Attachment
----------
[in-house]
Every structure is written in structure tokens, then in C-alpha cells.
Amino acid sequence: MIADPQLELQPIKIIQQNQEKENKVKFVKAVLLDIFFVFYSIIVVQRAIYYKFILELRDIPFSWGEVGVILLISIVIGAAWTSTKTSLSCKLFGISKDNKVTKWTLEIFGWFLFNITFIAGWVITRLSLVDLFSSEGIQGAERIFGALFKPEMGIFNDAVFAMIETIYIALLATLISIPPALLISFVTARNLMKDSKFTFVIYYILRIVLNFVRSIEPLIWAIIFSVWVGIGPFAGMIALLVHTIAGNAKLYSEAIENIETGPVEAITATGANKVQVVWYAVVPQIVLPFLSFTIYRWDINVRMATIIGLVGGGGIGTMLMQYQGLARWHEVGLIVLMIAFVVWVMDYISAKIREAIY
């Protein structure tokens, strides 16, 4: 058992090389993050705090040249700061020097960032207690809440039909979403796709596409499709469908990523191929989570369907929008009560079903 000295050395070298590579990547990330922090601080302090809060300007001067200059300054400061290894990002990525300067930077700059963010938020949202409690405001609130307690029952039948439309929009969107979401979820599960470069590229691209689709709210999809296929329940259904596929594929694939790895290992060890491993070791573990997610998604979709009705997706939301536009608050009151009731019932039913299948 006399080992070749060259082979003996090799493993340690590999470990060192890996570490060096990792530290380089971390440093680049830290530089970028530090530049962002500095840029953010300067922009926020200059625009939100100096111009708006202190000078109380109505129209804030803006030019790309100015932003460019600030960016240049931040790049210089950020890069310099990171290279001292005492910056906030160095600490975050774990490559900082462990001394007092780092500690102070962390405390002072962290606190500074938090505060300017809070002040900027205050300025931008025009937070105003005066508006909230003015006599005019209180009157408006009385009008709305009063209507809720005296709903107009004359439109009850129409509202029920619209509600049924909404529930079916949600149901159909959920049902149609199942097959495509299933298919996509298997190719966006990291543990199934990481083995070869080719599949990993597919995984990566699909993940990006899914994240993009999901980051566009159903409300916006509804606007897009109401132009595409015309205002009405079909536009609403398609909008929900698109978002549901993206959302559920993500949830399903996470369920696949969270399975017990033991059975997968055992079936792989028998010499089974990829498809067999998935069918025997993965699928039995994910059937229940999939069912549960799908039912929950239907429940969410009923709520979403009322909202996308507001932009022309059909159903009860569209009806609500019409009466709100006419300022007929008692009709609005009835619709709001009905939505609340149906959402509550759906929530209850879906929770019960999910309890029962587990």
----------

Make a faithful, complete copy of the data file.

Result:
[in-house]
Every structure is written in structure tokens, then in C-alpha cells.
Amino acid sequence: MIADPQLELQPIKIIQQNQEKENKVKFVKAVLLDIFFVFYSIIVVQRAIYYKFILELRDIPFSWGEVGVILLISIVIGAAWTSTKTSLSCKLFGISKDNKVTKWTLEIFGWFLFNITFIAGWVITRLSLVDLFSSEGIQGAERIFGALFKPEMGIFNDAVFAMIETIYIALLATLISIPPALLISFVTARNLMKDSKFTFVIYYILRIVLNFVRSIEPLIWAIIFSVWVGIGPFAGMIALLVHTIAGNAKLYSEAIENIETGPVEAITATGANKVQVVWYAVVPQIVLPFLSFTIYRWDINVRMATIIGLVGGGGIGTMLMQYQGLARWHEVGLIVLMIAFVVWVMDYISAKIREAIY
């Protein structure tokens, strides 16, 4: 058992090389993050705090040249700061020097960032207690809440039909979403796709596409499709469908990523191929989570369907929008009560079903 000295050395070298590579990547990330922090601080302090809060300007001067200059300054400061290894990002990525300067930077700059963010938020949202409690405001609130307690029952039948439309929009969107979401979820599960470069590229691209689709709210999809296929329940259904596929594929694939790895290992060890491993070791573990997610998604979709009705997706939301536009608050009151009731019932039913299948 006399080992070749060259082979003996090799493993340690590999470990060192890996570490060096990792530290380089971390440093680049830290530089970028530090530049962002500095840029953010300067922009926020200059625009939100100096111009708006202190000078109380109505129209804030803006030019790309100015932003460019600030960016240049931040790049210089950020890069310099990171290279001292005492910056906030160095600490975050774990490559900082462990001394007092780092500690102070962390405390002072962290606190500074938090505060300017809070002040900027205050300025931008025009937070105003005066508006909230003015006599005019209180009157408006009385009008709305009063209507809720005296709903107009004359439109009850129409509202029920619209509600049924909404529930079916949600149901159909959920049902149609199942097959495509299933298919996509298997190719966006990291543990199934990481083995070869080719599949990993597919995984990566699909993940990006899914994240993009999901980051566009159903409300916006509804606007897009109401132009595409015309205002009405079909536009609403398609909008929900698109978002549901993206959302559920993500949830399903996470369920696949969270399975017990033991059975997968055992079936792989028998010499089974990829498809067999998935069918025997993965699928039995994910059937229940999939069912549960799908039912929950239907429940969410009923709520979403009322909202996308507001932009022309059909159903009860569209009806609500019409009466709100006419300022007929008692009709609005009835619709709001009905939505609340149906959402509550759906929530209850879906929770019960999910309890029962587990």